11,12, One possible explanation is that in lower pouchgroup, when we preserve the antrum totally or near totally, we may allow for aproper gastric emptying mechanism, hence less reflux.                        So, based onthe findings of this study and prior studies, the authors conclude that thelower pouch shape is the most desired outcome. Prior studies have suggested the tubular shape is the most desiredoutcome. 11,12 All three of these studies looking at the tubularshape note a higher incidence of reflux with this shape.  These studies all support that the retainedfundus leads to more reflux and may increase the capacity of the stomachleading to more hunger.  Finally, theleast reflux and the most weight loss is seen in the lower pouch groups in thisand other studies. 11                    Thisstudy does have some limitations. First,the sample size was small which resulted in an inability to make steadfastconclusions due to lack of power.

  Sincethis was retrospective, a prior power analysis was not done prior todetermining the use of sizing device. Therefore, a clear distinction in theability to make a consistently shaped sleeve cannot be clearly associated withthe type of device based on this study.  Therewas 43% loss of follow up at one year, since many patients who come to ourcenter, are internationals or out of state. However, these data can be used forplanning future studies and definitely provide a basis for larger futurestudies. Larger numbers may have achieved greater statisticalsignificance. The lack of significance may also be related to the stringentdefinitions used for de-novo reflux and successful weight loss.Additionally, 43% of patients were lost to follow up at one year.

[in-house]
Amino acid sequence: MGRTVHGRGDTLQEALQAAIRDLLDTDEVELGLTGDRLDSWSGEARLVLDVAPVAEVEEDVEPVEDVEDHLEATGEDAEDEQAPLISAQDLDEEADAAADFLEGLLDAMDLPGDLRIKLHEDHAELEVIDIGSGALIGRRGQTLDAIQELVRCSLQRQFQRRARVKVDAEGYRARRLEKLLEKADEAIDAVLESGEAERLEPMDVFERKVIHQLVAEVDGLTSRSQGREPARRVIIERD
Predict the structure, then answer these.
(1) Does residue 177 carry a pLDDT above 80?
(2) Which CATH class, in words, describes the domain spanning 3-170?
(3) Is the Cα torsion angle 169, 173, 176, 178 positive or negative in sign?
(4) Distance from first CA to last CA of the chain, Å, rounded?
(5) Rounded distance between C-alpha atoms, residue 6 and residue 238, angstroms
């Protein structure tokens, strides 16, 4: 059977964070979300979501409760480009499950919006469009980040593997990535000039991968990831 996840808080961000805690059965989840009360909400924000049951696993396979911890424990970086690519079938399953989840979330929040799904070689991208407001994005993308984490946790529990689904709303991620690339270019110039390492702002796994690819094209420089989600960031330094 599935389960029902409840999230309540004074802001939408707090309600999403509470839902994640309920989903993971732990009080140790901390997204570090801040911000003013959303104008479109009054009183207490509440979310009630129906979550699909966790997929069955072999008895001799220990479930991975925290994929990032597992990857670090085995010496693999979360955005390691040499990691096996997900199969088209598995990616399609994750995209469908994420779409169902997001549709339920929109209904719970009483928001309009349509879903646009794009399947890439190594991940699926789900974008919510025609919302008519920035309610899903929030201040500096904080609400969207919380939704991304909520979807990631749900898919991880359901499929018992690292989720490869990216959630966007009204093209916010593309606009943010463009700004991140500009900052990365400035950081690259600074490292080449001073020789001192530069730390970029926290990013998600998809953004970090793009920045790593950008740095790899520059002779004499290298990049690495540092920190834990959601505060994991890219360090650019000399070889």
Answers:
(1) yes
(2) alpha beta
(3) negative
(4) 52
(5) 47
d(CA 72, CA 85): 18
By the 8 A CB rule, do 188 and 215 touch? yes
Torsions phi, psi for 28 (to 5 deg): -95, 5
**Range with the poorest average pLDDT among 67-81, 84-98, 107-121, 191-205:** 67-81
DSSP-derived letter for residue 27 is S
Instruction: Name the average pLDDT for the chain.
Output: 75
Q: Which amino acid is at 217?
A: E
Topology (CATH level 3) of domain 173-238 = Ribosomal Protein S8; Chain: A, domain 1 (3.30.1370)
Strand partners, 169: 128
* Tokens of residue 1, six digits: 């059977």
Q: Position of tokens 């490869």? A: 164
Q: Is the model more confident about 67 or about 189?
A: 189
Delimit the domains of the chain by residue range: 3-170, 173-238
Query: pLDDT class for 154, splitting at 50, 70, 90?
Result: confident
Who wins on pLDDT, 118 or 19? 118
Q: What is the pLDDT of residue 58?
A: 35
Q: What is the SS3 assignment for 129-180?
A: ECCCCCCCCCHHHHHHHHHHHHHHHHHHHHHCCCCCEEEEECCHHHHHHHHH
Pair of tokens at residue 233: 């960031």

Presumably those patients were doing wellwith their weight loss and did not have reflux that necessitated a return tothe physician.  Furthermore, theinterpretation of UGI studies may have been limited by the staticpictures.  However, the radiologists had100% interrater reliability suggesting this limitation was minimal. ConclusionThisis the first study to assess weight loss and de novo reflux at one yearpostoperatively with regards to the shape of the sleeve. Although it showed no clearassociation between the final sleeve shape and type of calibration device used,it demonstrated a trend toward less reflux and improved weight loss with alower pouch shape regardless of calibration device.  This suggests that surgeon technique andpatient factors may be more important than the type of calibration device.  Further studies to refine technique areneeded to achieve the best outcomes with regards to maximizing weight loss andminimizing reflux. Ethical statementAll procedures involving human participants wereperformed in accordance with the ethical standards of the institutional and/ornational research committee and with the 1964 Helsinki Declaration and itslater amendments or comparable ethical standards.

 Informed consent was obtained from all individualparticipants included in the study.   References:1.         Chan, J. C.